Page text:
I haven’t finished decorating my Christmas tree.

Nor have I wrapped a single gift.

But because of the generosity of some of you, it’s as if I’m already celebrating. That’s because some of y’all really showed up and showed out — all to spread joy during a difficult time for one family when the country is averaging almost 200,000 new coronavirus cases daily.

It started earlier this week after I wrote a column about how 7-year-old Rasul Bey, who has autism, used his savings and donations to purchase 300 gifts for schoolmates at the Philadelphia Charter School of Arts and Sciences in Northwood.

Like me, many of you were moved by the fact that little Rasul, who is high functioning but struggles with remote learning, and his mother, Latyia Johnson, had been hit hard by the pandemic yet were trying to help others.

Both were diagnosed with COVID-19 last month. Even before that, Johnson had been sidelined from her job as a school bus monitor because of the pandemic. Her unemployment benefits expire this month. But that didn’t stop Johnson and Rasul from filling their modest Oxford Circle rowhouse with toys from Five Below and the Dollar Store for the giveaway.

A school maintenance worker dressed up as Santa and local TV cameras were waiting when they showed up Tuesday to drop the toys off at school. Many of you were so moved that you flooded my inbox and voice mail with offers to buy Rasul that $300 Nintendo Switch he’d been asking his mom if Santa would bring him for Christmas.

Members of the Dollarboyz dance team were among the first to offer to purchase the gaming system. Then on Wednesday, the Lerman family drove from Cherry Hill to personally deliver a Nintendo Switch console to Rasul.

» READ MORE: He’s 7, has autism, and just got over COVID-19. But he’s helping others. What’s stopping you? | Jenice Armstrong

Some of you offered to send checks and money orders to help with living expenses.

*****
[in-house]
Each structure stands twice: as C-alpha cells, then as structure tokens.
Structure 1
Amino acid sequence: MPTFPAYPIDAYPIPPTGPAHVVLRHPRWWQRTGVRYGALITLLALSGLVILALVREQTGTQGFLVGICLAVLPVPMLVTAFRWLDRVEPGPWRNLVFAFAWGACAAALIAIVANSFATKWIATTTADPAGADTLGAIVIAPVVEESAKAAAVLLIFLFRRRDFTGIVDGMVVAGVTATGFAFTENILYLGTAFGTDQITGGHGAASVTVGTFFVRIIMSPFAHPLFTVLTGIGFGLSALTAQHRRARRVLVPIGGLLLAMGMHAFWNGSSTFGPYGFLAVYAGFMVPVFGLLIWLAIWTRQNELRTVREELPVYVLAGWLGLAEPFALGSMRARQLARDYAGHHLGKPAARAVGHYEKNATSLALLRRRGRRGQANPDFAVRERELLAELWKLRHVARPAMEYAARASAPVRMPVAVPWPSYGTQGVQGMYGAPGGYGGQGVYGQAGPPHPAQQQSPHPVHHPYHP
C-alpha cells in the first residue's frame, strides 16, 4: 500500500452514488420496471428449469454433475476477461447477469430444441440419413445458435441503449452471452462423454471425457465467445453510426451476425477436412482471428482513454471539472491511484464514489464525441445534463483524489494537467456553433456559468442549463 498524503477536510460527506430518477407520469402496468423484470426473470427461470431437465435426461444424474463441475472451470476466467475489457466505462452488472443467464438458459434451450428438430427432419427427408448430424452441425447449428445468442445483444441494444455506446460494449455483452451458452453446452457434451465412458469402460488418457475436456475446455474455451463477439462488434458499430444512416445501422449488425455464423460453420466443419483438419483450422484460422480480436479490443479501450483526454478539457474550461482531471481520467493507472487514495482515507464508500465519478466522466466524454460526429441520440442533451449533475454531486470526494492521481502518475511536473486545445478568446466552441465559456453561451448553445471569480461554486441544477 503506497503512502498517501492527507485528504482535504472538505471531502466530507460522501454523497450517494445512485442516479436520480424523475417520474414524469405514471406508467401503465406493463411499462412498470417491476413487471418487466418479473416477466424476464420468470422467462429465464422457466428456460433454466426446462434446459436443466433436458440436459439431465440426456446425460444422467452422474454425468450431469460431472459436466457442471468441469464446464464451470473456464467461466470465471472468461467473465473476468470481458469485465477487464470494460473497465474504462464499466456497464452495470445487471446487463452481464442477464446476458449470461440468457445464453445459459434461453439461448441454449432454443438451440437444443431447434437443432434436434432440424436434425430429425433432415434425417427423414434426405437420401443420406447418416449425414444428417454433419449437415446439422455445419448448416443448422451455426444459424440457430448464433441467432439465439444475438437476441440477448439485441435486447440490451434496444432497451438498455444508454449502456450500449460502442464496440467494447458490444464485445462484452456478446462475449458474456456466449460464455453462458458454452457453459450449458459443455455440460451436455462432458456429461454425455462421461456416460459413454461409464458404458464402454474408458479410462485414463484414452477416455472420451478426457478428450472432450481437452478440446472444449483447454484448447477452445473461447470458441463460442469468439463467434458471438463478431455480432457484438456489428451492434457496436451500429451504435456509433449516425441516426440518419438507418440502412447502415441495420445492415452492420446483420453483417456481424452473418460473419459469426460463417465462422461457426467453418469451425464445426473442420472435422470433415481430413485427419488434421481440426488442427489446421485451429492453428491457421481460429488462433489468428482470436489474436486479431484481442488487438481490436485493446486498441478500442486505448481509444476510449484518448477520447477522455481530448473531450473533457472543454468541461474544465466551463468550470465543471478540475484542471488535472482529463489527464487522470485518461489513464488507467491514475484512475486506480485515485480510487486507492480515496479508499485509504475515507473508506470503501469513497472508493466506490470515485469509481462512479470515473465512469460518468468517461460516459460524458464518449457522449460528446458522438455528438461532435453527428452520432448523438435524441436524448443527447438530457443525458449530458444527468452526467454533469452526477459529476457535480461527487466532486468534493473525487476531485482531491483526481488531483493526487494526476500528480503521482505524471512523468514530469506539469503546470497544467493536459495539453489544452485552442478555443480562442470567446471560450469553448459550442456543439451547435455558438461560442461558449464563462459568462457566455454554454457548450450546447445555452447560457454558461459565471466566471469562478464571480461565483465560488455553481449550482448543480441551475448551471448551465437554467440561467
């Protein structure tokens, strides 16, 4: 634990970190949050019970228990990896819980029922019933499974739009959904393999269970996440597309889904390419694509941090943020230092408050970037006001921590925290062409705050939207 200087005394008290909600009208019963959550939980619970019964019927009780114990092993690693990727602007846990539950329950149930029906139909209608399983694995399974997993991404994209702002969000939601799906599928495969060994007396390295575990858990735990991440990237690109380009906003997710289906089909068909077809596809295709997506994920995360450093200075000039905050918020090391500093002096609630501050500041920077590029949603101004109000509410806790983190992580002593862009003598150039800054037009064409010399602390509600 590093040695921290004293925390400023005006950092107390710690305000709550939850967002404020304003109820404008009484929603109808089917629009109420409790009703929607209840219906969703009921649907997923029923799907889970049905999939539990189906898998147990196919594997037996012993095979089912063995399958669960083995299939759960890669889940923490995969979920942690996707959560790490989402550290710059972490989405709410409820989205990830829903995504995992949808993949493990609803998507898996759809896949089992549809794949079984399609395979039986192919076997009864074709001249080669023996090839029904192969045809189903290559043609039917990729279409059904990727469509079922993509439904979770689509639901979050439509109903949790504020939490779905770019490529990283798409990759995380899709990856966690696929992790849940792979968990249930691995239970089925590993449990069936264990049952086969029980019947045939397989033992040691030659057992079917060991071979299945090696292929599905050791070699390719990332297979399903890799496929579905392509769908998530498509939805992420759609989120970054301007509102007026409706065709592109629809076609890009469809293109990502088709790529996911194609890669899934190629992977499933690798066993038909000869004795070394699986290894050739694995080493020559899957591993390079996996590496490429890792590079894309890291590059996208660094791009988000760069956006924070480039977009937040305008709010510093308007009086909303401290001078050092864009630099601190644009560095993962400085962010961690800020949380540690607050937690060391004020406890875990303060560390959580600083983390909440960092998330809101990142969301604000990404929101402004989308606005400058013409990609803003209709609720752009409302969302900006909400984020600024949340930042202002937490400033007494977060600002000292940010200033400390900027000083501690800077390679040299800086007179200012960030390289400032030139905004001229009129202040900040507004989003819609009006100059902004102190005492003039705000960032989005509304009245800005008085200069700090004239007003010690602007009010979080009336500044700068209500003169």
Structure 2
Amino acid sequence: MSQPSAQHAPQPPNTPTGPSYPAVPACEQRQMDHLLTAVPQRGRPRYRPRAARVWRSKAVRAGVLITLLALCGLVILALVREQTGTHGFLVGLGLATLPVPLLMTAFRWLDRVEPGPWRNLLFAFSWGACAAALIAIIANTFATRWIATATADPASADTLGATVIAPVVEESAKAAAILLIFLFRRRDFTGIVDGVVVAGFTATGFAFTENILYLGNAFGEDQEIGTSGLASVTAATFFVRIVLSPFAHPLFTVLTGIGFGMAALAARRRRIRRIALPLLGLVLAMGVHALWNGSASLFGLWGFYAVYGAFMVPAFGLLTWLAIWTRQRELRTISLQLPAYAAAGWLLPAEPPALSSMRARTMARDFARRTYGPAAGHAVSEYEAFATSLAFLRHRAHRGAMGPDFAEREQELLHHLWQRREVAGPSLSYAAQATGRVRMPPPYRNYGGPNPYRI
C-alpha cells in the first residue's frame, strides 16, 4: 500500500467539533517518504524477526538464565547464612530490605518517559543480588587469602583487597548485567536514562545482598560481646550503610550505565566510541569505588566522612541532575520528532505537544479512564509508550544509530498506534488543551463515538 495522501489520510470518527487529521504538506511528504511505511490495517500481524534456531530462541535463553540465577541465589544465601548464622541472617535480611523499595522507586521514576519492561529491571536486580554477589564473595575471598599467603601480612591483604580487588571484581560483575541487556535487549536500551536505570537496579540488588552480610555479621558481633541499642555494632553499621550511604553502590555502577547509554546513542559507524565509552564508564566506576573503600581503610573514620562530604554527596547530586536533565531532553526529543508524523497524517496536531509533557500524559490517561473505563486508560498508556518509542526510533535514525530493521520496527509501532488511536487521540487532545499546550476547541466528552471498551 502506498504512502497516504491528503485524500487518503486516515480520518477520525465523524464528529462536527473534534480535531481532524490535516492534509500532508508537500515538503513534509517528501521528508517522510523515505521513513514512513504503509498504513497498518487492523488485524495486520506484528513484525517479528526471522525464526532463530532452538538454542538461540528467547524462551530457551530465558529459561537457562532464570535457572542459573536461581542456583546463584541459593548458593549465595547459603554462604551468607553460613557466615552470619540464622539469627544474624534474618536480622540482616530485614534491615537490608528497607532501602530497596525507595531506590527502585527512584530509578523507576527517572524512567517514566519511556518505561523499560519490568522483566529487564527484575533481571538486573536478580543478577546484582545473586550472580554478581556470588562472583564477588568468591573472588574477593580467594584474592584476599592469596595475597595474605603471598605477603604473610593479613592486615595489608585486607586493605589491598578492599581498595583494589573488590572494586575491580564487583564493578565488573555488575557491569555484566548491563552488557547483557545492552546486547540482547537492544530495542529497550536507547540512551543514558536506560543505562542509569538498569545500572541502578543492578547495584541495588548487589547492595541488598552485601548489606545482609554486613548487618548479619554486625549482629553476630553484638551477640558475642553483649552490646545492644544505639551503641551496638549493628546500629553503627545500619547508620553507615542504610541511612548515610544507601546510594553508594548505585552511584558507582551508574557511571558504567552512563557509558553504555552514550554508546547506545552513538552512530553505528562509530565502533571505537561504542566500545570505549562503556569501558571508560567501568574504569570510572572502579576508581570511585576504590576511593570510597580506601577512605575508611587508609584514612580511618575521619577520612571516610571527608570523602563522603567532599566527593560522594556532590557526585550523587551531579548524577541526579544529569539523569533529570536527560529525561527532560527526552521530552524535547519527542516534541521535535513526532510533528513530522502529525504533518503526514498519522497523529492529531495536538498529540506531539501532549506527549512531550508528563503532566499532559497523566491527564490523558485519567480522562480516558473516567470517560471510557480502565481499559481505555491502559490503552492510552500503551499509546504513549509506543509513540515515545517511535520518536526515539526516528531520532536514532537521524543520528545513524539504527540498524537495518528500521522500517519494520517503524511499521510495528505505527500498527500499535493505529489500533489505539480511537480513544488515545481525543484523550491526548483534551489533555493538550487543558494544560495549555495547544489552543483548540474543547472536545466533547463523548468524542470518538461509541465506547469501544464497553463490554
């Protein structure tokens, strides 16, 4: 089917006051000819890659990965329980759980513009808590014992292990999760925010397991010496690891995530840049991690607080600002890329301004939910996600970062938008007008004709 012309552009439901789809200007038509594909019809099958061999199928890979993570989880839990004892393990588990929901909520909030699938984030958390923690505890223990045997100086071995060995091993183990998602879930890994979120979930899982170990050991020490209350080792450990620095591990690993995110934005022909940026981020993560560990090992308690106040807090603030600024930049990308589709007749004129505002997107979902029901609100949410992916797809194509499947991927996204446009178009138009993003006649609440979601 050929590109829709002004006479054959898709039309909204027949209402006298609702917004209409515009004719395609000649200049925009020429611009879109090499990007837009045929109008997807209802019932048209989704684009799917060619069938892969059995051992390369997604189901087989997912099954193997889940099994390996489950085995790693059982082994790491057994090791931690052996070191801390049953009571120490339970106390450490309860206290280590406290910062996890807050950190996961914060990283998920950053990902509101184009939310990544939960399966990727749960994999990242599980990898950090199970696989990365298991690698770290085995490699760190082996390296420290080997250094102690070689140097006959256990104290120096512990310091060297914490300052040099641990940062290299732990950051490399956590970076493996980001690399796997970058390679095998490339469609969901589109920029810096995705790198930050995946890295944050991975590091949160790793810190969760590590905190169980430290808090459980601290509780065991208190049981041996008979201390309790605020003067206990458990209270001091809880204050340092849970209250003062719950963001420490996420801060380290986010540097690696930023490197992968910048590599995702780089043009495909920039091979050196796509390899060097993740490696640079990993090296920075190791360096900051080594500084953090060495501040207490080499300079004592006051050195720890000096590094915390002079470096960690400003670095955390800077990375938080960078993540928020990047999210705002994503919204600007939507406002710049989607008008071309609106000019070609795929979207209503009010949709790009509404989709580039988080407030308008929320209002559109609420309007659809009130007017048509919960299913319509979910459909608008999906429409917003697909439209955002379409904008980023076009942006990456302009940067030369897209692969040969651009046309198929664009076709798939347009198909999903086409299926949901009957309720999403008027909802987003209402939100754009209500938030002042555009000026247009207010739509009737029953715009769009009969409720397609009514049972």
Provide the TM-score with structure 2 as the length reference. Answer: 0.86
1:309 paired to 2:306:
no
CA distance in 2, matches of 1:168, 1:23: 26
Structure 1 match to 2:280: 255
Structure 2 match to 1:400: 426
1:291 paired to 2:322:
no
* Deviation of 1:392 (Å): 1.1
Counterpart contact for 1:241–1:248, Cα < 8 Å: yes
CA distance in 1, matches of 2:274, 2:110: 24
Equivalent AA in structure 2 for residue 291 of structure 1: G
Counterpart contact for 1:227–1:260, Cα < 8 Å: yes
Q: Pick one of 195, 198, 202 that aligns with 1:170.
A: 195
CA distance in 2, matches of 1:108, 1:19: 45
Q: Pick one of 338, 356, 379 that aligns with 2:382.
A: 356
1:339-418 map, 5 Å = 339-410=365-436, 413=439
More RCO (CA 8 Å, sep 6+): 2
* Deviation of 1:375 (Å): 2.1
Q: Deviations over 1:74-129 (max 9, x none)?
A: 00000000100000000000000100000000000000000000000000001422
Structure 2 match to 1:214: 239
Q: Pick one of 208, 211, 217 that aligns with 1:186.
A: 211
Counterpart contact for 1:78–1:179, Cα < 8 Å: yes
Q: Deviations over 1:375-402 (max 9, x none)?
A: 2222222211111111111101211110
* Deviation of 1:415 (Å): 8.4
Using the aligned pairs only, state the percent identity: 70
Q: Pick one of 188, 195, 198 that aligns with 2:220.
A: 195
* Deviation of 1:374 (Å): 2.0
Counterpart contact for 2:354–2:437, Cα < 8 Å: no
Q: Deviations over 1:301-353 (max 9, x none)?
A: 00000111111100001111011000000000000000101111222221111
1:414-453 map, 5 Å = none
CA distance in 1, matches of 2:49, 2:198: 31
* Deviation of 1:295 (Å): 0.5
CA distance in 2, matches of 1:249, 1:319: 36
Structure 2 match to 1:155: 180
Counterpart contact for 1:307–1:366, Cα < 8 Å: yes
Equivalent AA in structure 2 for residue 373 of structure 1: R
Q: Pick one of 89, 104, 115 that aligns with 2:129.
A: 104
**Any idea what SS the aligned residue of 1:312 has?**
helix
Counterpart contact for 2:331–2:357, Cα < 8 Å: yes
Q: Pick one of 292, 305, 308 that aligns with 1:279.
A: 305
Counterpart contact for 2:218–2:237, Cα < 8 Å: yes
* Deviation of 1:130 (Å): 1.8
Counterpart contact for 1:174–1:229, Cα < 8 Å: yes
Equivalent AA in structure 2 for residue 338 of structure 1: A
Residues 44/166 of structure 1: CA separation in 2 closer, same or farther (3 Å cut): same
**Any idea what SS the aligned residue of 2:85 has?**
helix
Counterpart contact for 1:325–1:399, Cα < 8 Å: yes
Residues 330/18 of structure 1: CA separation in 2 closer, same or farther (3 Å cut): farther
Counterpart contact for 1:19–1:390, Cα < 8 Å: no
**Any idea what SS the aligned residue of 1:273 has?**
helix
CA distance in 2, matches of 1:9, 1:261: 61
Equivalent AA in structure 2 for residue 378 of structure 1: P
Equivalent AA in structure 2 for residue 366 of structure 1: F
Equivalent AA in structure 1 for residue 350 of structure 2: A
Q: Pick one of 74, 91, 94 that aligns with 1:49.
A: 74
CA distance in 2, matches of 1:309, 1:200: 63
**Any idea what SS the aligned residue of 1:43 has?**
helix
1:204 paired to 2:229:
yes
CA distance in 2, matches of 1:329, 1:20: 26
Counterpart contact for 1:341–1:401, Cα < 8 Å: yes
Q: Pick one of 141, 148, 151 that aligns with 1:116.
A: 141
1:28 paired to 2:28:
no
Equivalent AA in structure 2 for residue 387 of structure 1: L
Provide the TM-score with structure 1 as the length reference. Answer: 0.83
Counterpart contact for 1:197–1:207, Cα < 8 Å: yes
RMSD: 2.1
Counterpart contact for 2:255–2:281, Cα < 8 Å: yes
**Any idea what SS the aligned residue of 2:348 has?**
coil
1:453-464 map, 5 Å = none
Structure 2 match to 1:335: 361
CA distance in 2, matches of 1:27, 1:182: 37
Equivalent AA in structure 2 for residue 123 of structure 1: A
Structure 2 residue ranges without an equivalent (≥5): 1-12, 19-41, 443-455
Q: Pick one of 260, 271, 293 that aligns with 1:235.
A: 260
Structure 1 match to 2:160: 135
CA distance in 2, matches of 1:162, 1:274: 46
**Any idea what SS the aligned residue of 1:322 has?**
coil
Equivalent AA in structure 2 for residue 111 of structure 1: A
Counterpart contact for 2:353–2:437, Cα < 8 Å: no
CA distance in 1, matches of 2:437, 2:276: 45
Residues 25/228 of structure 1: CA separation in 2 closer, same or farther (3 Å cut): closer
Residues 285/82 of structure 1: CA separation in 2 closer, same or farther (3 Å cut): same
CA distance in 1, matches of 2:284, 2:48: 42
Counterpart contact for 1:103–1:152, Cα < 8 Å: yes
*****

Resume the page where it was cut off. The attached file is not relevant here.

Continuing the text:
“I’ve witnessed so much heartfelt generosity from people, who, like Latyia, worry about having the resources for feeding her family, and keeping a roof over their heads, and yet, can be so kind to others,” Russ Aiello explained in an email. “I, on the other hand, have some financial strength, and keep telling myself, ‘I’m going to help this cause and that cause,’ and do nothing. Now, I’m seeing a country filled with people, families, through no cause of their own, struggle to survive, and it breaks my heart.”

See what I mean? Principal Judith Taggart, who is accepting checks on the family’s behalf at the school at 1197 Haworth St., Philadelphia, PA 19124, teared up when I read the email to her.

“It’s been a very difficult time for our community,” she said.

It’s been rough on a whole lot of us.

One of my relatives is fighting for her life in intensive care right now. Even though she doesn’t have COVID, her children can’t be with her in what may turn out to be her final hours. This is happening all around the country as intensive care units fill with COVID-19 patients.

With so much suffering and so many Americans out of work and hungry right now, some of the usual Christmas rituals we indulge in ring hollow. I think that’s why so many of you felt compelled to reach out about Rasul and his mother the way you did.

“We’re all going through a trying time,” Johnson told me. “I didn’t have a lot to bless others with. But the little bit that we did have to bless others with, we’re getting blessings on blessings now.”

One emailer told her, “I don’t have much to give but I can offer you guys $50 because what Rasul did was a blessing.”

Here’s hoping that Rasul’s generosity will inspire others to think of ways to help those around them. If a 7-year-old can put others before self, what’s stopping the rest of us?